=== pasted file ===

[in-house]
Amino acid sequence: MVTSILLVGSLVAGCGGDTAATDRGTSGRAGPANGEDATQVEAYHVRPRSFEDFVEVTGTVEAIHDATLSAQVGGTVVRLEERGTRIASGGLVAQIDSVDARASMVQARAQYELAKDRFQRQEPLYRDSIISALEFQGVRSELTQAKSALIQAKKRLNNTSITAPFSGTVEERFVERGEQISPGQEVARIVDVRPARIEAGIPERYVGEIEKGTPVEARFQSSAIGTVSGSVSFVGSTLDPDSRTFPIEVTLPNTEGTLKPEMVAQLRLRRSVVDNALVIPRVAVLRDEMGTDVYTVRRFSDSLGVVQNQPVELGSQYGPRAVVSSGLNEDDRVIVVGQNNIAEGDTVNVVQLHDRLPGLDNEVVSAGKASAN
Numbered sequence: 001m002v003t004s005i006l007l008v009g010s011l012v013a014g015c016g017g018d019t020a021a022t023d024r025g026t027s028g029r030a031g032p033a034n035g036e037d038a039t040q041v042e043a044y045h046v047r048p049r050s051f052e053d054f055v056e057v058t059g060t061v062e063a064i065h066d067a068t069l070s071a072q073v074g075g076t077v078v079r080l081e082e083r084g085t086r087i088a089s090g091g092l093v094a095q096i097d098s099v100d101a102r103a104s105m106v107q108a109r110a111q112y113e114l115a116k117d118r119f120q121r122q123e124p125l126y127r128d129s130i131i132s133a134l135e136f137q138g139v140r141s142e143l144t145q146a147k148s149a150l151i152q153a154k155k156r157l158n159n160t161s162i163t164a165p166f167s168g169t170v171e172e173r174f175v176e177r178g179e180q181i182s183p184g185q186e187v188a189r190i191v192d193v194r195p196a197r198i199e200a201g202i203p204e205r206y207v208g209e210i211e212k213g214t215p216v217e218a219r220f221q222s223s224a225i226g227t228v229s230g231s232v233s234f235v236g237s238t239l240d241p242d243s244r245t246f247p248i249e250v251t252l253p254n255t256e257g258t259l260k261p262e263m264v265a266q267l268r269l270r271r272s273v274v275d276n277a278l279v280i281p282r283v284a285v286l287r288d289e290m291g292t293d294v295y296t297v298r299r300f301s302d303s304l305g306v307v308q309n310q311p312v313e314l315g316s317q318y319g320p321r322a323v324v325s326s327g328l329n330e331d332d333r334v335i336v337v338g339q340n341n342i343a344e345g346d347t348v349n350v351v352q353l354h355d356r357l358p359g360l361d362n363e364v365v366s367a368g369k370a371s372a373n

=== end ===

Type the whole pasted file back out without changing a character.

[in-house]
Amino acid sequence: MVTSILLVGSLVAGCGGDTAATDRGTSGRAGPANGEDATQVEAYHVRPRSFEDFVEVTGTVEAIHDATLSAQVGGTVVRLEERGTRIASGGLVAQIDSVDARASMVQARAQYELAKDRFQRQEPLYRDSIISALEFQGVRSELTQAKSALIQAKKRLNNTSITAPFSGTVEERFVERGEQISPGQEVARIVDVRPARIEAGIPERYVGEIEKGTPVEARFQSSAIGTVSGSVSFVGSTLDPDSRTFPIEVTLPNTEGTLKPEMVAQLRLRRSVVDNALVIPRVAVLRDEMGTDVYTVRRFSDSLGVVQNQPVELGSQYGPRAVVSSGLNEDDRVIVVGQNNIAEGDTVNVVQLHDRLPGLDNEVVSAGKASAN
Numbered sequence: 001m002v003t004s005i006l007l008v009g010s011l012v013a014g015c016g017g018d019t020a021a022t023d024r025g026t027s028g029r030a031g032p033a034n035g036e037d038a039t040q041v042e043a044y045h046v047r048p049r050s051f052e053d054f055v056e057v058t059g060t061v062e063a064i065h066d067a068t069l070s071a072q073v074g075g076t077v078v079r080l081e082e083r084g085t086r087i088a089s090g091g092l093v094a095q096i097d098s099v100d101a102r103a104s105m106v107q108a109r110a111q112y113e114l115a116k117d118r119f120q121r122q123e124p125l126y127r128d129s130i131i132s133a134l135e136f137q138g139v140r141s142e143l144t145q146a147k148s149a150l151i152q153a154k155k156r157l158n159n160t161s162i163t164a165p166f167s168g169t170v171e172e173r174f175v176e177r178g179e180q181i182s183p184g185q186e187v188a189r190i191v192d193v194r195p196a197r198i199e200a201g202i203p204e205r206y207v208g209e210i211e212k213g214t215p216v217e218a219r220f221q222s223s224a225i226g227t228v229s230g231s232v233s234f235v236g237s238t239l240d241p242d243s244r245t246f247p248i249e250v251t252l253p254n255t256e257g258t259l260k261p262e263m264v265a266q267l268r269l270r271r272s273v274v275d276n277a278l279v280i281p282r283v284a285v286l287r288d289e290m291g292t293d294v295y296t297v298r299r300f301s302d303s304l305g306v307v308q309n310q311p312v313e314l315g316s317q318y319g320p321r322a323v324v325s326s327g328l329n330e331d332d333r334v335i336v337v338g339q340n341n342i343a344e345g346d347t348v349n350v351v352q353l354h355d356r357l358p359g360l361d362n363e364v365v366s367a368g369k370a371s372a373n